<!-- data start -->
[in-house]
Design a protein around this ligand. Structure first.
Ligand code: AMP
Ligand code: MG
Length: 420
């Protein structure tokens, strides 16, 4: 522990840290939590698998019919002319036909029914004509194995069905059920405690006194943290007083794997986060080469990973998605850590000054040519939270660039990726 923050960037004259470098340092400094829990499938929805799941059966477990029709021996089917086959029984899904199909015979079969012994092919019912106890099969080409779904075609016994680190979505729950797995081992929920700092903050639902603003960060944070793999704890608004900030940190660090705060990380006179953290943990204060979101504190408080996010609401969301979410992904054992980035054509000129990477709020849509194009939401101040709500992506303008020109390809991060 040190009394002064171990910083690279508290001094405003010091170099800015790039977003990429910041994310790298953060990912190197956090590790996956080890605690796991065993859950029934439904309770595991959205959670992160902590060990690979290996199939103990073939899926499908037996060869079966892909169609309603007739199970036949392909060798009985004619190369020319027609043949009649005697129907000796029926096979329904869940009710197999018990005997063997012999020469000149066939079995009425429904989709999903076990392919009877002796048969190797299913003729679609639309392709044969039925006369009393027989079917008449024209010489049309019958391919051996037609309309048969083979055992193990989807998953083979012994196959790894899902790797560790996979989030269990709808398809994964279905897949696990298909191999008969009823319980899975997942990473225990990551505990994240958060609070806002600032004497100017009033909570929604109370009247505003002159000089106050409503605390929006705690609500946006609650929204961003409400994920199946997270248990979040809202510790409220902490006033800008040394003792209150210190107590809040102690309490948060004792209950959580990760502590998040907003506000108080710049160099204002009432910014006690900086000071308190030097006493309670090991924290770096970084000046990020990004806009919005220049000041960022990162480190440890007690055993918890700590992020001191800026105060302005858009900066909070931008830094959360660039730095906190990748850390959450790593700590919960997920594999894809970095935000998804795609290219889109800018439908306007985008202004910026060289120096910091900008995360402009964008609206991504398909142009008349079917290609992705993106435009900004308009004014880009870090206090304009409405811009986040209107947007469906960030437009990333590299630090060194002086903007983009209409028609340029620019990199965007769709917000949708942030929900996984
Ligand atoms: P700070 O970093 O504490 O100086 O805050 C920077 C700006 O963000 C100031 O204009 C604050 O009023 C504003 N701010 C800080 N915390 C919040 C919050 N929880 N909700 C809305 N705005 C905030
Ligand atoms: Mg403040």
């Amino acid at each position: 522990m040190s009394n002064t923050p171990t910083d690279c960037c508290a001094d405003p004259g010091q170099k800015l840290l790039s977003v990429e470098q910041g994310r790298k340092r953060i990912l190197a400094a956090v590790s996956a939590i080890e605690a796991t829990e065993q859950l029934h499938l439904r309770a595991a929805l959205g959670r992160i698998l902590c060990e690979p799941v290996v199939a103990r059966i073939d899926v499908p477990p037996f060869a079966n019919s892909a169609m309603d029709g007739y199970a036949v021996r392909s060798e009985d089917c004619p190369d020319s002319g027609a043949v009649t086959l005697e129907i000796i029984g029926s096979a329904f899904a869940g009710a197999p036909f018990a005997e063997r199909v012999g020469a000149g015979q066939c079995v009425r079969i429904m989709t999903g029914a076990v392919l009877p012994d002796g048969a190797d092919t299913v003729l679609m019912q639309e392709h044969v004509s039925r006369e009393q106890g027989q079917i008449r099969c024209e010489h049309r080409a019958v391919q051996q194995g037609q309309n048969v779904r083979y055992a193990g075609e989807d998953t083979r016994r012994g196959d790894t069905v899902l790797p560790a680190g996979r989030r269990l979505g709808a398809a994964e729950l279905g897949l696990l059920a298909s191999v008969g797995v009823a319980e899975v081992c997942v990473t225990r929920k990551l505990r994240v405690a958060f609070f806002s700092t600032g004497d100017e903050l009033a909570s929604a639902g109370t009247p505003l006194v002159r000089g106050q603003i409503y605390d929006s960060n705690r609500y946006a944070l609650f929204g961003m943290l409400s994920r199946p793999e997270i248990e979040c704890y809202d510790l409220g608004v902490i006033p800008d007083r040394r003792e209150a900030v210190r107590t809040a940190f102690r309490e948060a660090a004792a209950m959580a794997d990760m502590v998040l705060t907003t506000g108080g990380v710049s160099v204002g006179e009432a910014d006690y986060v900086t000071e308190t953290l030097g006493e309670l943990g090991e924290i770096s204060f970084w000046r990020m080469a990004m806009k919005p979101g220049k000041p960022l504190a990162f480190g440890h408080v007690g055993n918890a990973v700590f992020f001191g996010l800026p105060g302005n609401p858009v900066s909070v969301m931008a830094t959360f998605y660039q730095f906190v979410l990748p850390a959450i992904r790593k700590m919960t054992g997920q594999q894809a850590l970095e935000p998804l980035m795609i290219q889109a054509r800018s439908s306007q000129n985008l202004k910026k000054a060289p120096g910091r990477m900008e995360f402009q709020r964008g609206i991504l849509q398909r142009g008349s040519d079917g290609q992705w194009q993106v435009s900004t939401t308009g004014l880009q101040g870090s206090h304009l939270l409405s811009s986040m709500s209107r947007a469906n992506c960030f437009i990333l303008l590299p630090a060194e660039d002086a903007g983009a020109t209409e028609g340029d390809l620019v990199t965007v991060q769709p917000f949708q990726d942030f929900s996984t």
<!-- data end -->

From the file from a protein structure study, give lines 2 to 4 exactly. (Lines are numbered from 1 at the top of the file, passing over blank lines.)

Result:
Design a protein around this ligand. Structure first.
Ligand code: AMP
Ligand code: MG